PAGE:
Stampede Open Beach Volleyball Event Will Serve Calgary Fun


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Ben Saxton and his buddies bring the beach to Calgary.

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They’ll drop him right there in the Deerfoot Inn & Casino parking lot.

Then they’ll set up nets and compete in a 48-team volleyball tournament – joined by world-class athletes from as far away as Brazil – for thousands of dollars in cash and hopes to help build a Canadian tour to develop the sport. domestically.

The Stampede Open Beach Volleyball Tournament is set to provide action for Calgarians July 7-10.

“I’m 33 now, so 33 I’d say,” Saxton, a 2016 Olympian and Stampede Open tournament chair, said when asked how long he’d considered having such a gala held in his home. court. “Pretty much as soon as I started playing, I wanted to play any of these big events in front of my friends and family here in Calgary.

“Playing in Edmonton was as close as ever to playing at home,” Saxton continued. “All my friends and family were really excited to be able to see me perform in person there rather than trying to find me on some kind of obscure YouTube channel. And so as an athlete, it’s really special for me to do something like that.

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Specifically, it is a four-day Alberta XL event featuring 24 men’s teams, 24 women’s teams and $40,000 in prize money.

The hope is that it is big enough to attract the best players from across Canada – especially those from Alberta and British Columbia and those who have thrived on the international stage – and other major nations in beach volleyball, potentially including American brothers Riley and Maddison McKibbin and Canadian twin sisters Nicole and Megan McNamara.

“The response has been pretty high,” said Claire Crossfield, one of the Stampede Open’s directors and a Calgarian aiming to win her hometown tournament. “We are lucky to have connections in Brazil and in the Brazilian volleyball community, and from what we know there could be a qualification process in Brazil to bring the teams here. And if you know something thing about Brazilian volleyball, it’s always amazing.

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So Saxton & Co. are understandably excited.

“These international teams add a bit of hype and a certain class to the event,” Saxton said. “Local players play against each other all the time, so they know each other very well… But being able to experience other teams from outside of Alberta – even those from BC and Canadian national teams – is just another level of what the teams here are used to. Top players from different fields make the tournament stronger.

But the ultimate goal is to help make Canadian beach volleyball stronger.

By aligning the Stampede Open with the well-established Vancouver Open scheduled for a week later, Saxton and the others are seeing the start of something special developing for their sport and its athletes.

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They hope that two national events will become three – and so on.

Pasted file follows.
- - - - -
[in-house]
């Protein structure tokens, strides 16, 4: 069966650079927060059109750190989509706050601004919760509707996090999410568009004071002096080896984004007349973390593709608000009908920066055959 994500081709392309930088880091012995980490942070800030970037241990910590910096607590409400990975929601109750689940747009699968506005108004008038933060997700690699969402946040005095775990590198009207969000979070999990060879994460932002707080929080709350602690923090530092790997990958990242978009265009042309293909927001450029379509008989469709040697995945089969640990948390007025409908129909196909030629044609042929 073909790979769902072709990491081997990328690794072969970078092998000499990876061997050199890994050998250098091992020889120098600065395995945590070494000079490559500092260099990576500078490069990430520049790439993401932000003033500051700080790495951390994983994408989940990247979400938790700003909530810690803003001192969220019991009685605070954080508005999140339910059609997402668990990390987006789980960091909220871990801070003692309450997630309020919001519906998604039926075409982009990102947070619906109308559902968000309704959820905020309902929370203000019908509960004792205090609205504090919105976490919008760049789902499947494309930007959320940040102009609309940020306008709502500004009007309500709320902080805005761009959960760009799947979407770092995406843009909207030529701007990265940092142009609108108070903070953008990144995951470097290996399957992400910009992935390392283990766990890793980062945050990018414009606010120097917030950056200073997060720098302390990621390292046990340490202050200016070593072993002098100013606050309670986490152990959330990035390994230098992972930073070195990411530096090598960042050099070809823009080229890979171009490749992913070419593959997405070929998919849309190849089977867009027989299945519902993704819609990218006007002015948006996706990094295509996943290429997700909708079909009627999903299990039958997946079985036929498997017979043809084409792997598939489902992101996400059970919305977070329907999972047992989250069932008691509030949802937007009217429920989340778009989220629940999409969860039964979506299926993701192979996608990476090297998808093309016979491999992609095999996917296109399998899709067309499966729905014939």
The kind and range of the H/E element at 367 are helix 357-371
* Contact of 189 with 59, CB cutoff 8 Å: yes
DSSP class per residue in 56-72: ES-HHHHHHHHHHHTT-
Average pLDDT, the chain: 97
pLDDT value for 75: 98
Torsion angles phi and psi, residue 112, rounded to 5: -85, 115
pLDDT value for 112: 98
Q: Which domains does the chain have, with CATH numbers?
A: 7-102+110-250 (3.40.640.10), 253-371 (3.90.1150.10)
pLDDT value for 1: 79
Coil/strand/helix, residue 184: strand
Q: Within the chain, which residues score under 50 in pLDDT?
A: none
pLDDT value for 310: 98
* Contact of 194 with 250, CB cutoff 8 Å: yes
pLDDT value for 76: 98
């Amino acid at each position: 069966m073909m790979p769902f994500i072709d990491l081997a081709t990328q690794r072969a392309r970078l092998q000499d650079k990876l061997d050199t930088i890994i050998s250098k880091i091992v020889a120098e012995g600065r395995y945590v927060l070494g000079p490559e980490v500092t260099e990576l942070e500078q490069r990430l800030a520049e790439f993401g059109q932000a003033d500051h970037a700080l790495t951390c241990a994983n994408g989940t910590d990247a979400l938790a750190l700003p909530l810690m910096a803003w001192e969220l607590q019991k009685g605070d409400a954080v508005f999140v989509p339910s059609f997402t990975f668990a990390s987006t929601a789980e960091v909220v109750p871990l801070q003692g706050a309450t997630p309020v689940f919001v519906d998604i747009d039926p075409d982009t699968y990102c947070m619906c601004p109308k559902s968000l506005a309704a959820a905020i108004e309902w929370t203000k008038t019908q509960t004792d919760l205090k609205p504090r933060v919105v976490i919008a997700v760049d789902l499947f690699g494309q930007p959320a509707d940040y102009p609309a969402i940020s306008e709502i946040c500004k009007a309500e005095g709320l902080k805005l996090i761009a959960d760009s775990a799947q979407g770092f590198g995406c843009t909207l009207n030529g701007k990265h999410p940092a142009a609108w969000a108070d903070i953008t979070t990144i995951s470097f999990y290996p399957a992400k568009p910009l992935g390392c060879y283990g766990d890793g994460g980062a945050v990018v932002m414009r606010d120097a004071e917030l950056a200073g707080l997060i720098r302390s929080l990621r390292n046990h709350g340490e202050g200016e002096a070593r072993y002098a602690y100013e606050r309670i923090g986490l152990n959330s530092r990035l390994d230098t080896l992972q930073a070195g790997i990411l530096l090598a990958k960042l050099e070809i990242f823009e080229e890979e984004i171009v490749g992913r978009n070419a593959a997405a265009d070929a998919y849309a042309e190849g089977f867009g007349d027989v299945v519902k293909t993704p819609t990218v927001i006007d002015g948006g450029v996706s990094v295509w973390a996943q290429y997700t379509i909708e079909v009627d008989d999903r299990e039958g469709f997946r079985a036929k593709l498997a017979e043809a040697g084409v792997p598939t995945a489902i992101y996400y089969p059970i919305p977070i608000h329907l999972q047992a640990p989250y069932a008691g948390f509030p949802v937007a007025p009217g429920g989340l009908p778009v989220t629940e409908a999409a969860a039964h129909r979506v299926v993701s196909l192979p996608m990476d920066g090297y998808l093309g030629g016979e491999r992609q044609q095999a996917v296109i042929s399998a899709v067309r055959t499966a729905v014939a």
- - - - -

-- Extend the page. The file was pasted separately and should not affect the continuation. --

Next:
“Having a long-term Canadian tour is part of our vision,” said Saxton. “It’s about building a Canadian tour, one tournament at a time. This Vancouver Open is quite well established, but it’s the only one in Canada. So this one will run first and Vancouver will run next weekend. And then in the future we hope to add some more stops in Canada as well.

“A tour like this gives athletes a chance to play locally because not everyone can afford to travel overseas,” continued Saxton, who is also the founder and commissioner of National Beach Volleyball. League. “Our national federation doesn’t pay athletes to play internationally, so it ends up coming out of our pocket most of the time. Having domestic tournaments allows you to increase your own individual level without having to spend it all out of pocket, so in the long run this will raise the level of Canada’s international players.

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Meanwhile, the committee, which is working to line up a broadcast partner, is also trying to raise money by hosting the event during the Calgary Stampede, hoping to attract both festive tourists and locals. Calgarians. A beer garden among the four courts to be created – including the main court stadium that can accommodate nearly 2,000 fans – should help attract them to southwest Calgary.

So the feeling is that the timeslot is great.

“It’s a celebration,” said Sport Calgary president and CEO — and decorated Olympian — Catriona Le May Doan. “It will be a community event – a high performance but community event – and that’s how a sporting event should be. You celebrate the highest level, but you also inspire the next generation.

“I’m sure in sports after the Stampede Open you’ll see kids saying, ‘I want to play this,’ because now it’s possible,” added Le May Doan. “And I think that’s one of the most important things when you give high-level (athletes) an opportunity. You are also an example for grassroots football (children) and help build the club.

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